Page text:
Neo-noir to make you bite your nails, intellectually
Set in Switzerland, Merci begins with the re-marriage of chocolatier Mika Muller to renowned pianist Andre Polonski (Jacques Dutronc). They were married briefly, years earlier, and are now reunited after Andre’s second wife, Lisbeth, has died in an accident. Living with them is his son by Lisbeth, Guillaume (Rodolphe Pauly).
Soon after the wedding, Jeanne Pollet (Anna Mouglalis)—also a pianist—arrives at their door. Apparently, she and Guillaume were nearly switched at birth, and her curiosity has driven her to seek out and meet her “almost father” who is also a pianist. She is not Andre’s daughter, but she bears an uncanny resemblance, both in looks and habits, to the late Lisbeth. Andre is happy to have her visit again and to mentor her before an upcoming piano competition. Mika is unsettled by the girl’s appearance and Guillaume snarls at her with sibling rivalry and a justifiable fear of filial displacement.
Through it all, Mika tries to bear a polite façade, but her contempt for Jeanne is apparent. Mika seems to operate completely on a level of animal instinct; the mere presence of Jeanne disturbs her deeply, going beyond the young woman’s resemblance to Lisbeth. Jeanne is also very observant, so much so that when Mika seems to deliberately spill some hot chocolate intended for her stepson, Jeanne has a sample of the liquid tested by her boyfriend for poisons, narcotics, and other contaminants.
It’s unclear if Mika is truly murderous or not. She is very much a quiet, spidery menace in the coy apron she wears throughout the film. Isabelle Huppert capitalizes on her longstanding notoriety as being the ironic redheaded ice princess of French film, something director Claude Chabrol has mined in some of their six previous collaborations, which include Madame Bovary (where she was too icy to play Emma) and La Ceremonie, in which she and Sandrine Bonaire played a pair of “murderous maids” in the own right.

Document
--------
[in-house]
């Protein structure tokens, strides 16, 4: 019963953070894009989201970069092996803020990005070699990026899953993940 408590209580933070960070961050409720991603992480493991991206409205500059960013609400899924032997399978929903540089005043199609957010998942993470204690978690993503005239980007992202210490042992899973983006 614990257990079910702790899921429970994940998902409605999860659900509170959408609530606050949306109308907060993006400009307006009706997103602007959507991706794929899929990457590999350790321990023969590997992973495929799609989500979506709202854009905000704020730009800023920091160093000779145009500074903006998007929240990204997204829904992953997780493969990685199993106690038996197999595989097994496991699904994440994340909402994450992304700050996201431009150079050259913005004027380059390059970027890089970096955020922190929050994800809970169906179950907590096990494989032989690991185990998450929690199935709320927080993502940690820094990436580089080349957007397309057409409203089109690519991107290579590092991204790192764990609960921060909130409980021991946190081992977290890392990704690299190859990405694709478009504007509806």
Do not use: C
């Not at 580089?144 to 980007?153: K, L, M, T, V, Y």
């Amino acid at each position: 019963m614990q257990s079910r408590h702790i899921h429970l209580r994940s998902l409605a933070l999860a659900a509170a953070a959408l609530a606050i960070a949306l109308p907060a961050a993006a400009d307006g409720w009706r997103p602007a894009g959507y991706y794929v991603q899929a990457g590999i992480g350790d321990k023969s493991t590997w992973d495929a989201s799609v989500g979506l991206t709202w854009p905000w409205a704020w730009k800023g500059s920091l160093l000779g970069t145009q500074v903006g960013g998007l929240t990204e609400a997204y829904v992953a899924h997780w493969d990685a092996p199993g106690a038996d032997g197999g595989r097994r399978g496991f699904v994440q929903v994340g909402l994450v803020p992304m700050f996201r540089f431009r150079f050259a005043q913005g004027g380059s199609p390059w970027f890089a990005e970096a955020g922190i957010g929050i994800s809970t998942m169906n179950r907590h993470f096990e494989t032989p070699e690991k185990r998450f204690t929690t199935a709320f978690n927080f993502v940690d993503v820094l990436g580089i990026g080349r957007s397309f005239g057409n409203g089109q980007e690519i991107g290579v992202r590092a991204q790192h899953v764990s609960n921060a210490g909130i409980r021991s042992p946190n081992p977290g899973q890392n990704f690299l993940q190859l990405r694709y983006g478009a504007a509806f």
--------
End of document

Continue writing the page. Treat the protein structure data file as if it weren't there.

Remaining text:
Comparisons to Hitchcock are routine when it comes to Chabrol’s oeuvre, but Chabrol (who along with fellow New Wave director/compatriot Eric Rohmer, wrote a book analyzing the British director''s first 44 films) has added innocent household objects into the mix of terror-filled fetish objects. It’s hard to improve on Hitchcock, but Chabrol’s Mika is as frightening with a thermos full of hot chocolate as any of Hitchcock’s villains ever were with a gun, knife, or rope.
Not unlike Theresa Russell’s character in Black Widow, Mika’s threatening stance is not cut and dry. Her motivations are not rational or easily explained. Huppert’s face appears to show everything, but it doesn’t. If she is a potential murderess, it’s not for money or anything material—it’s for her own survival.
This is the richness of Merci; Mika suffers from a feminist rage born of having to operate in a man''s world and still do what is expected of a care-taking wife and mother. She’s like the doctor in The Cancer Ward; no matter how many sick people are helped at work, she will still have to do the cooking and cleaning when she gets home, because she is a woman. While no one is pressuring Mika to take a traditional role, it’s clear that the pressure of conforming while having to prove herself “as good as a man” in business are factors in her fragile psyche and resentment.